Removing the surface charge, after driving, is likely key in getting a smart charger to actually decide to seek and hold absorption voltage for a respectable period of time. Surface charge can stick around for quite a while, and fool a smart charger into thinking it is being hooked to a fully charged battery. In general try and drain the battery to 12.6v or less before hooking up the smart charger. If it quickly keeps flashing the green light and dropping to voltage in the mid 13's, then it either might be nearly truly fully charged, or pretty well sulfated, or the charger is just a POS.
One really interested in battery/charger performance/efficacy needs to know how much amperage the battery is accepting at the voltage the charger is holding the battery at. A 5 amp charger might only need to deliver 0.7 amps to hold 14.8v, and a group 94, if still healthy, likely can be considered fully charged when it requires only 0.25 amps or less to be held at 14.7, at 77f. This figure is an educated guess for a relatively healthy flooded group 94. maintenance free usually need to taper to even lower levels, as do AGM's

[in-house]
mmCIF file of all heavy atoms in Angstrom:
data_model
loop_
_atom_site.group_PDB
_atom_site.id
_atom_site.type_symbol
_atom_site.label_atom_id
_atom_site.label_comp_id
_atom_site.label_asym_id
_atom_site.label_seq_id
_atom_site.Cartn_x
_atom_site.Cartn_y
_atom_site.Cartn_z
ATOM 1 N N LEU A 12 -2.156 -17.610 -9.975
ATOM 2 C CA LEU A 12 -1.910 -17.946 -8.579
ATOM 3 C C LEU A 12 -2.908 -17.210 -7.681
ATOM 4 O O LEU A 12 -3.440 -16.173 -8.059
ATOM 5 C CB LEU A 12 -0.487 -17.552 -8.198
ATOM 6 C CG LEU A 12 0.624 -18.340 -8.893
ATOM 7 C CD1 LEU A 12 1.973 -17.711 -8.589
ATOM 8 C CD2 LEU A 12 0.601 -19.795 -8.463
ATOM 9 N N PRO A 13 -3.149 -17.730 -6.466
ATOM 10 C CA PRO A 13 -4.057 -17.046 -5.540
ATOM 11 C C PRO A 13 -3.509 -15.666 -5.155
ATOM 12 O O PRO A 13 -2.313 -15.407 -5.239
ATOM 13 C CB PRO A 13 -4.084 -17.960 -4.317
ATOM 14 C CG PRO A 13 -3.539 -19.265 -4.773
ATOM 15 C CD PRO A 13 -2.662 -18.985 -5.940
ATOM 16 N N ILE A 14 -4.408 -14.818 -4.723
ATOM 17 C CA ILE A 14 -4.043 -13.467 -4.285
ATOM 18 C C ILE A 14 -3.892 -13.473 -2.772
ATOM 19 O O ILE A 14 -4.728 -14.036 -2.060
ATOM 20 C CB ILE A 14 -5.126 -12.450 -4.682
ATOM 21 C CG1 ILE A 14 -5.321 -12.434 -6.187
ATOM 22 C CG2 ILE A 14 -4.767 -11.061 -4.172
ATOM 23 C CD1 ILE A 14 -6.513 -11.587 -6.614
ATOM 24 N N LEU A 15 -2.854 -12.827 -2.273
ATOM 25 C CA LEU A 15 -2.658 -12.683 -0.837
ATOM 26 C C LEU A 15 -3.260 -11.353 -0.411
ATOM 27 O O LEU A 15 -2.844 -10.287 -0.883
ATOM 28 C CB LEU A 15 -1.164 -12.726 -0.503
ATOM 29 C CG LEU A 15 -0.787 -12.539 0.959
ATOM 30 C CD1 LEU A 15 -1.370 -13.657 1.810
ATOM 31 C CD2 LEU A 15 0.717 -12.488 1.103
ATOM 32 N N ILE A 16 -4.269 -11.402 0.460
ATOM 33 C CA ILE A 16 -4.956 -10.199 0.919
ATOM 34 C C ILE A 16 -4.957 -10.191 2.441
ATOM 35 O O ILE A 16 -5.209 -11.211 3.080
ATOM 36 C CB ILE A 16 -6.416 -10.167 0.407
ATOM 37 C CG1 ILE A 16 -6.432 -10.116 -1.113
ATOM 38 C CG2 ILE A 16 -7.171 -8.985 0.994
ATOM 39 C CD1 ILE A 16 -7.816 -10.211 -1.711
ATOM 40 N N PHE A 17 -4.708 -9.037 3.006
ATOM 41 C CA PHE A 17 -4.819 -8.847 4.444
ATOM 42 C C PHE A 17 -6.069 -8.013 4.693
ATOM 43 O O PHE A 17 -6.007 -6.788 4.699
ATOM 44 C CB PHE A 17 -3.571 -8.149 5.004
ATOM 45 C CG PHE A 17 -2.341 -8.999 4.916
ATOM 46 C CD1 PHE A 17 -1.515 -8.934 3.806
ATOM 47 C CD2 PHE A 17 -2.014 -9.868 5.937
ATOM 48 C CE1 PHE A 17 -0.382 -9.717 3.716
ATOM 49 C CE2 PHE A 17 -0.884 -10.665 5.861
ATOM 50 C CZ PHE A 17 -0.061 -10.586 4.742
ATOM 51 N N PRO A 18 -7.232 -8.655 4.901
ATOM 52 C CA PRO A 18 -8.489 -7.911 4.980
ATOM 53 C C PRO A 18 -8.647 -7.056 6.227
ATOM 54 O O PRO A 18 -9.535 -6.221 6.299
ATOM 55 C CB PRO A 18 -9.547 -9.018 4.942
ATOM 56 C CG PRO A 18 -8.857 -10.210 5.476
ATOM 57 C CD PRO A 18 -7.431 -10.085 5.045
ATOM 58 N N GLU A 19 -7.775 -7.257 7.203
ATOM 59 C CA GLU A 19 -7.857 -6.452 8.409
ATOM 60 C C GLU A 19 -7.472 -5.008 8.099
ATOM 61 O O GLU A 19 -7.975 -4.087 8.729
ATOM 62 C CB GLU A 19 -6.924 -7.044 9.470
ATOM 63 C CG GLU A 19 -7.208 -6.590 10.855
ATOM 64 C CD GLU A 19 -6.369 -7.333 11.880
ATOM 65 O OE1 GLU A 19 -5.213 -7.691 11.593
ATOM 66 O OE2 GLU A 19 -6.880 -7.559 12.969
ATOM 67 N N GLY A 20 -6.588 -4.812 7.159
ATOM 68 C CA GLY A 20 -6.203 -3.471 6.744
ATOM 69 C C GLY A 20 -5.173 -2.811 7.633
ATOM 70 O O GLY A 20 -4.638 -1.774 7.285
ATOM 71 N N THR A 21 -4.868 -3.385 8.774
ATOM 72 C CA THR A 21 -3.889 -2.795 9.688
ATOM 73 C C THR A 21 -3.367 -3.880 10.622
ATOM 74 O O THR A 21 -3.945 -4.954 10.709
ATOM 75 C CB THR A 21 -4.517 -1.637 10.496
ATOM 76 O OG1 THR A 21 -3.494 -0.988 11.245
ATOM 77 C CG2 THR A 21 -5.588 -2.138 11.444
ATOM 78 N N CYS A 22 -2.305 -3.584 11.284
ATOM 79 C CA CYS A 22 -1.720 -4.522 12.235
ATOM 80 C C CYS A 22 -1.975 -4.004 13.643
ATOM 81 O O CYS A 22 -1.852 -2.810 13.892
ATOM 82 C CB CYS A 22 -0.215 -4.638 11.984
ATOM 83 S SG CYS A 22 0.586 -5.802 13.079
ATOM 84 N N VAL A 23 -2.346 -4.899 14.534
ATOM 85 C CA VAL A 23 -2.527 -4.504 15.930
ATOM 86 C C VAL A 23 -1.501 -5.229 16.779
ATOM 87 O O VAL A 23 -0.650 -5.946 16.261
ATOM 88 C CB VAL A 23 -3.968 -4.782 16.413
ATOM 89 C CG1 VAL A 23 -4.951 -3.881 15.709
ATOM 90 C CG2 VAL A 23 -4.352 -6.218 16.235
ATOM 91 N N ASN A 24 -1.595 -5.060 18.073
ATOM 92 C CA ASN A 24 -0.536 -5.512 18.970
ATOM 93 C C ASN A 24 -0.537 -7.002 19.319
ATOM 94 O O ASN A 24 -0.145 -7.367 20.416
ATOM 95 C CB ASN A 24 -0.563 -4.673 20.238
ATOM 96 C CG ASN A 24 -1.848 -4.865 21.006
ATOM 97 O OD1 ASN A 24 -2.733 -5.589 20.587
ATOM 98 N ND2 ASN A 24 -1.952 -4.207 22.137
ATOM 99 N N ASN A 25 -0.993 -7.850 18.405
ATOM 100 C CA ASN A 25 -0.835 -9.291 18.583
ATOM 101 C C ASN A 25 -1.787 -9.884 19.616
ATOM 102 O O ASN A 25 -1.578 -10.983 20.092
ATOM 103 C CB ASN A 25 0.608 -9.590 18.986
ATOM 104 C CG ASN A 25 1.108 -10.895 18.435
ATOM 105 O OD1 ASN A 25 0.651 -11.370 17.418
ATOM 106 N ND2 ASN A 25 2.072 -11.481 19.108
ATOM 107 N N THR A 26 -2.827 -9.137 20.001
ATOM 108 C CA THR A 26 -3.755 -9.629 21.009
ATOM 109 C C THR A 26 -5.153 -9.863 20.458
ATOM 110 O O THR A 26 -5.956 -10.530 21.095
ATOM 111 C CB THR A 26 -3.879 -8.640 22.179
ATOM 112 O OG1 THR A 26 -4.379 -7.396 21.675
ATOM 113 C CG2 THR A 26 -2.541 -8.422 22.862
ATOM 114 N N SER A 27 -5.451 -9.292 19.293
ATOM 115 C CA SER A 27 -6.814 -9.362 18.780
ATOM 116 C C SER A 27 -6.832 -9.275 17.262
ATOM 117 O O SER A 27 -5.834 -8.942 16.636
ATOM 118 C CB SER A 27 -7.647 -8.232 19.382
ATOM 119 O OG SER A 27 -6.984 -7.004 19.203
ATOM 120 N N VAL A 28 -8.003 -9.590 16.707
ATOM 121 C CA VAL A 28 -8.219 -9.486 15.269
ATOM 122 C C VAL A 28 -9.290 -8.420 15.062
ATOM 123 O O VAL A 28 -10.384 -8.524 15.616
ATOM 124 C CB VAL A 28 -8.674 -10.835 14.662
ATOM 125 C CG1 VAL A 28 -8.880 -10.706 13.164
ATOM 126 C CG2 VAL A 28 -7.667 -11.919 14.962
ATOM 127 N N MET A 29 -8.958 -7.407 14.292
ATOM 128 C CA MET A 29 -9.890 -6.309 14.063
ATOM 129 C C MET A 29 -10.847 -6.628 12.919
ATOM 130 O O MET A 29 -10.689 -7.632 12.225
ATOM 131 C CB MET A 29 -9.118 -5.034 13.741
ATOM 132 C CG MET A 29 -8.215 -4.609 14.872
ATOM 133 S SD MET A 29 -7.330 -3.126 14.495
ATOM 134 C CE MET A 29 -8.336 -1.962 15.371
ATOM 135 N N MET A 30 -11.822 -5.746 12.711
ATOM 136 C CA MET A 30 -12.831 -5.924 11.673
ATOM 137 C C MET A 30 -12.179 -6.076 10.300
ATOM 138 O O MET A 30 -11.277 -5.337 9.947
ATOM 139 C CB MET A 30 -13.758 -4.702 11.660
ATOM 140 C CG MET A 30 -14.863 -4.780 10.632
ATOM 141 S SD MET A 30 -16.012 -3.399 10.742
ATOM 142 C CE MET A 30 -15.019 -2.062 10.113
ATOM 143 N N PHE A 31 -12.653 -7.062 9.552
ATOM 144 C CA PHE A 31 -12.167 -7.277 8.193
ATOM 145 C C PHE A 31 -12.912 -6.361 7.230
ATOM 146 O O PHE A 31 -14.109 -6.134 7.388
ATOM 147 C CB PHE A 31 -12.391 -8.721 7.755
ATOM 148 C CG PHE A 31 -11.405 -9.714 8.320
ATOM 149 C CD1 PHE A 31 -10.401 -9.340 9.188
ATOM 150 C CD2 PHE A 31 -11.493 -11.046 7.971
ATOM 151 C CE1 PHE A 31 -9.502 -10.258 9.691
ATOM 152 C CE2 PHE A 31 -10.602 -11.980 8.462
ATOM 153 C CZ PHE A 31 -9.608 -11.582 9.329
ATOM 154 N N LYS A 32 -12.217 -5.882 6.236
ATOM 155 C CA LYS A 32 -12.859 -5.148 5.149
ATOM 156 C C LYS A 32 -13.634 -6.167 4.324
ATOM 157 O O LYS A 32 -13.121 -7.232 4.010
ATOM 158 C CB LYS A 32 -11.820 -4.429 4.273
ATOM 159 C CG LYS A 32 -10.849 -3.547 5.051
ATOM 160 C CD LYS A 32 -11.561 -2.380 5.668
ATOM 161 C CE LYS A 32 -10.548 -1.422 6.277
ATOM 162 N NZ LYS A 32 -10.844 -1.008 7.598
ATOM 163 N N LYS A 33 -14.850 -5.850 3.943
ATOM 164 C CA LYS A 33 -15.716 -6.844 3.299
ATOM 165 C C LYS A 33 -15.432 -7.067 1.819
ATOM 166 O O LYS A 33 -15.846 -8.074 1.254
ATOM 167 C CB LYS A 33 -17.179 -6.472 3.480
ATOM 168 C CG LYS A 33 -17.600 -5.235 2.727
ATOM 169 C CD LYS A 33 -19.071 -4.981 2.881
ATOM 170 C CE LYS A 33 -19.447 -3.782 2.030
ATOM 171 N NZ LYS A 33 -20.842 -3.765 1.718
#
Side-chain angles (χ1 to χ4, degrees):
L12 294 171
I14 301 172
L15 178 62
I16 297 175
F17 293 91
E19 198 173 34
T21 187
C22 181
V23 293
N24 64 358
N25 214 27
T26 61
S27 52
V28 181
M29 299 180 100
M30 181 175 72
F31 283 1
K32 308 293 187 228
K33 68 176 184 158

Obviously nobody needs to go through this effort, the battery is basically rented, it will fail even if treated perfectly, at some point. The end user can however affect when, and most easily by insuring a true full recharge occurs regularly, but especially when it is deeply discharged, intentionally or not.